Tag Archives: vle

Merging the Distance

Yesterdays sunrise in Iceland near Bifrost University

One of the interesting talks I listened to at the BETT show was from Bifröst University who had merged their distance online courses with their campus based courses.

From a learner’s perspective they received the “same” experience regardless if they accessed the course online or on campus.

The learner feedback was very positive as it allowed them to pick and choose how they accessed the learning on the course depending on their personal circumstances and context. You can imagine how one week due to snow or holiday they accessed the course online, the following week they were in a face to face session on campus.

In this blog post I am going to look at and discuss some of the technical issues that Bifröst University had to consider and out into place before moving forward on merging online and campus based courses.

Bifröst University in their presentation made some key points on the technical requirements. They needed to have in place a robust IT infrastructure in place to host and distribute the various types of content and video for the courses. They also needed to ensure there was solid scalable WiFi available to all users, taking into account the changing landscape of devices that learners would be using. As well as campus connectivity there is the issue of external internet access and bandwidth, as far as Bifröst University are concerned, they see really essential for learners to have access to high speed internet.

The other main consideration, that Bifröst University mentioned, was the need to have a robust Learning Management System (or VLE) and interesting for this to be backed up by good communication software and group productivity tools.

This is a very similar concept that I have spoken at length about in various bog posts and conference sessions, notably the VLE is Dead debate back in 2009 at the ALT Conference. What I said was that the VLE was an important portal for learners, but that didn’t stop organisations from adding in external tools. These tools could be Google+, Twitter, Google Docs, Office 365, or other communication and productivity tools. The tools that the learners use would then be accessed or linked to from the VLE.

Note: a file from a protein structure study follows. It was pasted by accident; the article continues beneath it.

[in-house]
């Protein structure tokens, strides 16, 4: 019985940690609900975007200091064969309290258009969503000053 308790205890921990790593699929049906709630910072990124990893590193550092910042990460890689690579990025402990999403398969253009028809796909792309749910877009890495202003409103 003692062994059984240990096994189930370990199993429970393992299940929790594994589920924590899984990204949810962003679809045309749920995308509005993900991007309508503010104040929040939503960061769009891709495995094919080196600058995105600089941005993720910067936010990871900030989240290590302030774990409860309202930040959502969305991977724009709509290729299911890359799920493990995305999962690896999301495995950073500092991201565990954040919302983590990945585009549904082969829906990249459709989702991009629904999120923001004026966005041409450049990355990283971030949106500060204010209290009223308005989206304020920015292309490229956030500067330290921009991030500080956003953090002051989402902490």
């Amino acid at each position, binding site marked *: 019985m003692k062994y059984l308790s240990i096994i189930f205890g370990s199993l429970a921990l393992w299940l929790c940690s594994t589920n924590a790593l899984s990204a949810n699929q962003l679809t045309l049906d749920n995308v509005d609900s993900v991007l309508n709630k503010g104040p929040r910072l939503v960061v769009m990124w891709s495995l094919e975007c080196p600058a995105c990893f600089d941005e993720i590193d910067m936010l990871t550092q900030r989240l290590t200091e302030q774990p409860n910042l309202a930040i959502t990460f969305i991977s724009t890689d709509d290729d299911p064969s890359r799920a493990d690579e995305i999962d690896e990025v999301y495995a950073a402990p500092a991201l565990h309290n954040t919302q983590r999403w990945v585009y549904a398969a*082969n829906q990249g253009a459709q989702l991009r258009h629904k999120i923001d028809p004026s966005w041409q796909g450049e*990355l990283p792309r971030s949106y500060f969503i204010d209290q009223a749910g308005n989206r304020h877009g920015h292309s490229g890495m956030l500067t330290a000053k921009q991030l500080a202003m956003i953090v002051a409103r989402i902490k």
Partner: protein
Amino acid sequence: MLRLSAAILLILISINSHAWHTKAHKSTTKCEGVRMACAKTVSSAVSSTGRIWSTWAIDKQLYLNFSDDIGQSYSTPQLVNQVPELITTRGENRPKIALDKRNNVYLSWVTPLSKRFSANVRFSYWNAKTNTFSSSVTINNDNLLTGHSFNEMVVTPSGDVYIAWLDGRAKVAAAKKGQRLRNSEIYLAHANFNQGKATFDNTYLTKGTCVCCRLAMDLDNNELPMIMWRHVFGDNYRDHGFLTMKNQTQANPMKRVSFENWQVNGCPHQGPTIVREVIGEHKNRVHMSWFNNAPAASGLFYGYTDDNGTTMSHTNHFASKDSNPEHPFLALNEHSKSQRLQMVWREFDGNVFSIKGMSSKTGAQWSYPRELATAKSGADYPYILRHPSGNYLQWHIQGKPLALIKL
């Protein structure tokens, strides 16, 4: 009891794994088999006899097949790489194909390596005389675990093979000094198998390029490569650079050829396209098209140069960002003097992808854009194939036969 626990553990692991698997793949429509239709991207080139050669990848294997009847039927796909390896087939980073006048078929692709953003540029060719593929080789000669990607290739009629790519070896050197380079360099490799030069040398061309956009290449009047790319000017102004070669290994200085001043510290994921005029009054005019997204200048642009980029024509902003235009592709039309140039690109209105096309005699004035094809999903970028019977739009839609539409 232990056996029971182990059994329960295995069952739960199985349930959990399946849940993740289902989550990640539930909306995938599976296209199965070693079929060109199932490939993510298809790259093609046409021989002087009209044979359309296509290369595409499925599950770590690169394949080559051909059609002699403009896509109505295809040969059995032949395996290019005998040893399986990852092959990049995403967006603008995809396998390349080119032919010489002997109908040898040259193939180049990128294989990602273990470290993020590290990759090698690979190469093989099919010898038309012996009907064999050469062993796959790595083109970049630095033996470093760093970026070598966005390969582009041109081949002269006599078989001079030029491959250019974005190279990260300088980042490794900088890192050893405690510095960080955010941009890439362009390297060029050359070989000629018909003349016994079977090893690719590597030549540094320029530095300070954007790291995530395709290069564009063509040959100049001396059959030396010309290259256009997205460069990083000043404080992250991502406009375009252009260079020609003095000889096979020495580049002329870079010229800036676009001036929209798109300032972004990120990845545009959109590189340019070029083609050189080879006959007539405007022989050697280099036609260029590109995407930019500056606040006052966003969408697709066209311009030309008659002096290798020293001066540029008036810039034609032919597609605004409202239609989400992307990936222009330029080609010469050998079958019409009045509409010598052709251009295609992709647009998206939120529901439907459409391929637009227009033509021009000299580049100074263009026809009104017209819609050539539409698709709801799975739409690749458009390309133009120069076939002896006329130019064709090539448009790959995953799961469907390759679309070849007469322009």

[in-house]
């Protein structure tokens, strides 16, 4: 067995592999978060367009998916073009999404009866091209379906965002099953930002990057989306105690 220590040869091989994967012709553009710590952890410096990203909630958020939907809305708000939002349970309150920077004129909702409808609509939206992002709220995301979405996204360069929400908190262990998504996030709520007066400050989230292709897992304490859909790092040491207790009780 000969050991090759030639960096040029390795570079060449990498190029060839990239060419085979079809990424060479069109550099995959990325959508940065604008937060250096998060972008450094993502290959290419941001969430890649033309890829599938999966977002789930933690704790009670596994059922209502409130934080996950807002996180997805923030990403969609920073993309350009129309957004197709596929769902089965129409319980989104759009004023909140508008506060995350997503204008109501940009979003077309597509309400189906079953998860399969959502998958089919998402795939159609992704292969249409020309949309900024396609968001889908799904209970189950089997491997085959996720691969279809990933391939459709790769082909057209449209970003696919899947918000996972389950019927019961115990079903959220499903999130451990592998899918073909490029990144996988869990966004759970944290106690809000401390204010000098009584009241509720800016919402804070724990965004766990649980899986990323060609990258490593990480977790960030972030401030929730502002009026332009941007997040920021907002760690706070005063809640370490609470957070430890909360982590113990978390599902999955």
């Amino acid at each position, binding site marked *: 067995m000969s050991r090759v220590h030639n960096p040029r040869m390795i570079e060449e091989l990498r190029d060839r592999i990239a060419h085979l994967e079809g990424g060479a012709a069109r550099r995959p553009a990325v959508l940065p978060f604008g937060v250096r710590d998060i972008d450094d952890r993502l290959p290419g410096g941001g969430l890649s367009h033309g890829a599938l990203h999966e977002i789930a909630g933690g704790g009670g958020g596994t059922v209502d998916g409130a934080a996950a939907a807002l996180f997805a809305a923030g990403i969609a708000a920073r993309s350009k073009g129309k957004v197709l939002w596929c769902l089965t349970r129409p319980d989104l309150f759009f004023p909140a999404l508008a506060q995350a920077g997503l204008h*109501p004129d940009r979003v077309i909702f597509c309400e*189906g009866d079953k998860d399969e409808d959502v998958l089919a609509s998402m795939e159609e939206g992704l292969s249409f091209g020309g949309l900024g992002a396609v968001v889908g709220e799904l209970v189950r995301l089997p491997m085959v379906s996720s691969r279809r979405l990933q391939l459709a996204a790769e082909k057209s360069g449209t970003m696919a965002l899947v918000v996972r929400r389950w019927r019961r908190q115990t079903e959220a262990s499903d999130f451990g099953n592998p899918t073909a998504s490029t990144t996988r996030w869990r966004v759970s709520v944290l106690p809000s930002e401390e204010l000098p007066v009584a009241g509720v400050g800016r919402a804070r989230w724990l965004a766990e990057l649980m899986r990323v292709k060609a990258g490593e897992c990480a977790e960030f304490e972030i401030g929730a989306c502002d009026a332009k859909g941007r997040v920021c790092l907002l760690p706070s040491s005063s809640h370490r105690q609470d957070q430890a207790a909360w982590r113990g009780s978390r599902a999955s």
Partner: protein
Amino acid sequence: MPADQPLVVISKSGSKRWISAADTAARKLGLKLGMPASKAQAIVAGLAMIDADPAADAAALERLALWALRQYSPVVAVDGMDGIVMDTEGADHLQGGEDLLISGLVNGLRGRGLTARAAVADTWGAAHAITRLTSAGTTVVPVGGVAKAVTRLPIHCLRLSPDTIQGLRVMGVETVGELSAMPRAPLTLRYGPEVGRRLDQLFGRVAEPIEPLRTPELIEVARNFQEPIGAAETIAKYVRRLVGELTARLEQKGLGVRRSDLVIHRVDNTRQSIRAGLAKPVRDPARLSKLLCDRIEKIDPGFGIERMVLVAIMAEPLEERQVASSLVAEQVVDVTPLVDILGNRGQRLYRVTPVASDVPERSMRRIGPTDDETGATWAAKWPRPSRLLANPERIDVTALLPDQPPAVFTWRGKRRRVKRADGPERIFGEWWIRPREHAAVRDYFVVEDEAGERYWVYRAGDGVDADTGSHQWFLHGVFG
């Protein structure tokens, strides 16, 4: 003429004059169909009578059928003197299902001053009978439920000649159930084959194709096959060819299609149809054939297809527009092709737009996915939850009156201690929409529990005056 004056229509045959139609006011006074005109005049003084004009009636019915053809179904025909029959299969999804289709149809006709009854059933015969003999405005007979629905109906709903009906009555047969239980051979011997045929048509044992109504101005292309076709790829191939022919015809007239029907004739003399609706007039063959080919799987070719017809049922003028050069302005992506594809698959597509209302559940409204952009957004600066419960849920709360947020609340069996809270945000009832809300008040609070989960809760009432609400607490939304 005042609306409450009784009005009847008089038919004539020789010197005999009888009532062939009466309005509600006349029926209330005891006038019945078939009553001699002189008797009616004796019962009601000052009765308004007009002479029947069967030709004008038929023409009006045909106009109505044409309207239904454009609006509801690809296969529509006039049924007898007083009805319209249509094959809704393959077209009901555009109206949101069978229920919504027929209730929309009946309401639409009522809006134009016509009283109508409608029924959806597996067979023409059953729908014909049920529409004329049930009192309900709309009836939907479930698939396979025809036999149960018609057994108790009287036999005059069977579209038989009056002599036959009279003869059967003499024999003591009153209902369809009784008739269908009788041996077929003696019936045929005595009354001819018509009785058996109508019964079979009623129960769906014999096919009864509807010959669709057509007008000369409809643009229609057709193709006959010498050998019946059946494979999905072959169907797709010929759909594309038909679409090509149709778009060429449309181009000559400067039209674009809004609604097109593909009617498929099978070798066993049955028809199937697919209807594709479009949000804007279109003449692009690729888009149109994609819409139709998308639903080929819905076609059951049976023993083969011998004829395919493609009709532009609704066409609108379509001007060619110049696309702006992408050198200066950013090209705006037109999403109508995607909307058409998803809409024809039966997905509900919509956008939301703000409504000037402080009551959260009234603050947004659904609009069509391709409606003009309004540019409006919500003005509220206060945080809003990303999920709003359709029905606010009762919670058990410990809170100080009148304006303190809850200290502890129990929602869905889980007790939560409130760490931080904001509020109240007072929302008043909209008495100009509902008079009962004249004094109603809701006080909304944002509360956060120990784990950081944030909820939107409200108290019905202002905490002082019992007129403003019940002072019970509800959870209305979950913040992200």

Bifröst University also embraced the concept of BYOD and making sure both learners and teachers understood the limitations of this, but also ensure they re was a willingness to cater for the variety of devices that learners would be using.

One aspect that Bifröst University put a lot of emphasis on was on the importance of training and the large amount of training that would be needed. They certainly understood that even with a so called digital generation there was a need to provide training for learners before the start of the course, and this training would need to be repeated throughout the year. Training sessions were also run for staff at the start of the year, with additional micro sessions run throughout the duration of the course. Bifröst University also made sure they had good support materials for all key systems backed up by a range of guides and handouts.

In a future blog post I will look at the curriculum design implications of merging online and campus based courses.

Photo Credit: Iceland by Jakub on Flickr

Moodlemoot 2012

It’s been a while since I attended a Moodlemoot, however this year I am attending Moodlemoot 2012 which takes place in the fair city of Dublin, 2nd-4th April 2012.

Moodlemoots are an opportunity for the Moodle community to gather and share experiences, new things and learn from each other.

I am interested to see what I can learn from others at this Moodlemoot. The technical for us is less important since we decided to outsource our hosting (and maintenance) to ULCC. This doesn’t mean I am not interested in the roadmap of Moodle, I am and really would like to see where Moodle is going over the next few years. I am pleased to see Moodle making the move to mobile and I hope that continues.

The real challenge as far as I am concerned with Moodle, is not the technical nature of the software, but how do you get teachers to use it effectively with learners.

I always find it interesting that some people talk about how easy to use and intuitive Moodle is, whilst some people complain about how complicated and unintuitive Moodle is. You won’t find many of the latter group at a Moodlemoot, but I do think their viewpoint is noted and listened to.

One of the things I want to find out at this Moodlemoot is what strategies are people using to motivate teachers to use Moodle and what things work well and what things have broad appeal. How are people making Moodle more engaging and interactive and encouraging learners to make that move from a passive user of Moodle to a learner that engages and interacts with the platform.

Another aspect of the moot will be the networking and engagement with the community. It will be great to discuss the above with old friends and with new ones.

e-Learning Stuff Podcast #073: Has he got a Sinclair C5? a

James talks with Rob Whitehouse about how he uses ILT and the VLE to support teaching and learning.

This is the seventy third e-Learning Stuff Podcast, Has he got a Sinclair C5?

Audio MP3

Download the podcast in mp3 format: Has he got a Sinclair C5?

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Shownotes

To be added…